Building beautiful, functional websites and applications loses its value if the messaging fails to resonate with customers outside traditional demographics. It’s important to have a presence on a variety of channels and enable customers to fully engage via their preferred method. A report published by McKinsey indicated over 80 percent of shoppers encounter a digital channel at least once when making a purchase. Especially on social media, replying to customer inquiries by advising them to call a phone number seems out of touch and could cost you an opportunity.

Ensuring your team answers questions directly, via private message, and refers people to appropriate resources in reference to their enquiry better retains interest. Insurers must train their staff to communicate information and monitor customer engagement across channels so every interaction between customer and insurance company is seamless, no matter who is behind the response. These digital communications, along with data collection and analysis, allow insurers to build rich customer profiles which include needs and preferences – and prevent the repeated ask for basic customer information.


For life and health insurers, the growing popularity of wearables is a source of invaluable datasets. Programs like AIA and John Hancock Vitality both succeed at rewarding customers for sharing their wellness data and living lifestyles. Wearable data is also usable long-term to explore patterns of behavior, health, and death, to accurately model risk. Research from Accenture indicated 77 percent of consumers would share this data with insurers in exchange for lower premiums, quick claims settlements, or coverage recommendations. Surprisingly, this personalization doesn’t just resonate with young customers, as Accenture reports senior citizens adopting wearable devices five times faster than the general population. Especially for customers with pre-existing conditions who believe themselves uninsurable, the opportunity to earn discounts for staying healthy opens up a significant pool of policyholders.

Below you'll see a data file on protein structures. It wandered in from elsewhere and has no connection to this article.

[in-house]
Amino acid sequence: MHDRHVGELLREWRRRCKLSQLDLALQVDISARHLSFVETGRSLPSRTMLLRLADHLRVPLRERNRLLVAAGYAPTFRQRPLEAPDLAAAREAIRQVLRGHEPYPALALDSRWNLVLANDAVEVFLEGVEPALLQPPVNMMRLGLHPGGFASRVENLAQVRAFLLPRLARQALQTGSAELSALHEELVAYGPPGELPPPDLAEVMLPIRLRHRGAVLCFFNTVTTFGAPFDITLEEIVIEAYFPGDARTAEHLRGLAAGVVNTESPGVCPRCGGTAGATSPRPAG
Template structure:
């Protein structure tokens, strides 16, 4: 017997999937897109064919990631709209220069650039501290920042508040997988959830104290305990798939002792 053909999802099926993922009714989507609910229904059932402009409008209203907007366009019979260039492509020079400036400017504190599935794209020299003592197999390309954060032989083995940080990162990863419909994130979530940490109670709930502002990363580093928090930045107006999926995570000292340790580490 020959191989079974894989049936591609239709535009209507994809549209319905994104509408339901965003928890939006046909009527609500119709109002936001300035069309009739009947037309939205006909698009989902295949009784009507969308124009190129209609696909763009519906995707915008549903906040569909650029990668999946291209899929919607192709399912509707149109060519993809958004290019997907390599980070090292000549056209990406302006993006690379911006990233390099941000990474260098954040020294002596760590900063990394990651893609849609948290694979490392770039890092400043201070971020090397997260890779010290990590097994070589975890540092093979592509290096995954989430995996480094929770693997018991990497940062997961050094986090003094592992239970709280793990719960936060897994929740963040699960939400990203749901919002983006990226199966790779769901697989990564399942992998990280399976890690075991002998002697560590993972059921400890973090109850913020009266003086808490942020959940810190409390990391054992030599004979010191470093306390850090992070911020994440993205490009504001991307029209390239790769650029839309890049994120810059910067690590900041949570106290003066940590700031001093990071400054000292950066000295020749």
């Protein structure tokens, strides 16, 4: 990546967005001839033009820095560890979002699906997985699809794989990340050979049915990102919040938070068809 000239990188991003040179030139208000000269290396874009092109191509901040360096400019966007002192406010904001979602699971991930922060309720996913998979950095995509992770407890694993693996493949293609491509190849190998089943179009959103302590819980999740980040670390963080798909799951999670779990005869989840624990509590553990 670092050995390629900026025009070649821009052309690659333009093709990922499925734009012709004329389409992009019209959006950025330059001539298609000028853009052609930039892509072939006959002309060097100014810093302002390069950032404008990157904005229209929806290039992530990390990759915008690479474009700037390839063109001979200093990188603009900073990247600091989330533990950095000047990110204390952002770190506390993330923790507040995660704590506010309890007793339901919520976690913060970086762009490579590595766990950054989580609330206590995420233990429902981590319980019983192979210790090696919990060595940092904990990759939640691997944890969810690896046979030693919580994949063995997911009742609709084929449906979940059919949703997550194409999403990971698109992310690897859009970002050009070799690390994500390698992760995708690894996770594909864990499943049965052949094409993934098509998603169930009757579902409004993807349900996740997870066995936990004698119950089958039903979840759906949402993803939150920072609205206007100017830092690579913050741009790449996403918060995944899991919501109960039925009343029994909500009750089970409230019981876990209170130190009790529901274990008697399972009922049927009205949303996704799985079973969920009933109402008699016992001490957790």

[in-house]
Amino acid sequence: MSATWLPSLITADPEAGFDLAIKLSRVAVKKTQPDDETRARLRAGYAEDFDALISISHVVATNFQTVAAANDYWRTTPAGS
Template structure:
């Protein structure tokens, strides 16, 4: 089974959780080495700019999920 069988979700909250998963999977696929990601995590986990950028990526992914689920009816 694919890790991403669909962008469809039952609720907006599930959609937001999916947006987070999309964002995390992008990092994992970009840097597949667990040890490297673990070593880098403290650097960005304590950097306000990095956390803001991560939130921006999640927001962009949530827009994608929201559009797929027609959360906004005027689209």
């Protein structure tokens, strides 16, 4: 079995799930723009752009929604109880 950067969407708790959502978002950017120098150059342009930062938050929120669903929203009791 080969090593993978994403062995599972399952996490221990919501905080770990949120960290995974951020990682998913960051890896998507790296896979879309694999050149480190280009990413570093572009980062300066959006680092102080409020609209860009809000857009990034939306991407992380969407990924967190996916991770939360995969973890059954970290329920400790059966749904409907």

That said, particularly with skeptical Millennial and Gen Z customers, carriers must build trust and good faith to obtain this personal data. Customers must first overcome fears of anti-selection in openly sharing, as well as their broader concerns around privacy and security.

Insurtech golden-child Lemonade shared how they assess risk by utilizing nontraditional data, like digital interactions through their platform. While correlation to claims is quickly identifiable with renters insurance, effectively analyzing this digital behavioral data in conjunction with health information may translate to other insurance sectors in time. This is especially true as patterns of browsing behavior and communication channel preferences become clear.

The potential for incredibly specific risk pools means data science capabilities within actuarial teams will only grow. It means pricing process transformation is essential for the majority of insurers. Properly analyzing customer data means products and policy documents become increasingly tailored to niche groups of people. Offering meaningful, relevant rewards and continually nurturing customer relationships, carriers can greatly reduce lapse rates and ensure premiums remain an essential spend in their customers’ budgets.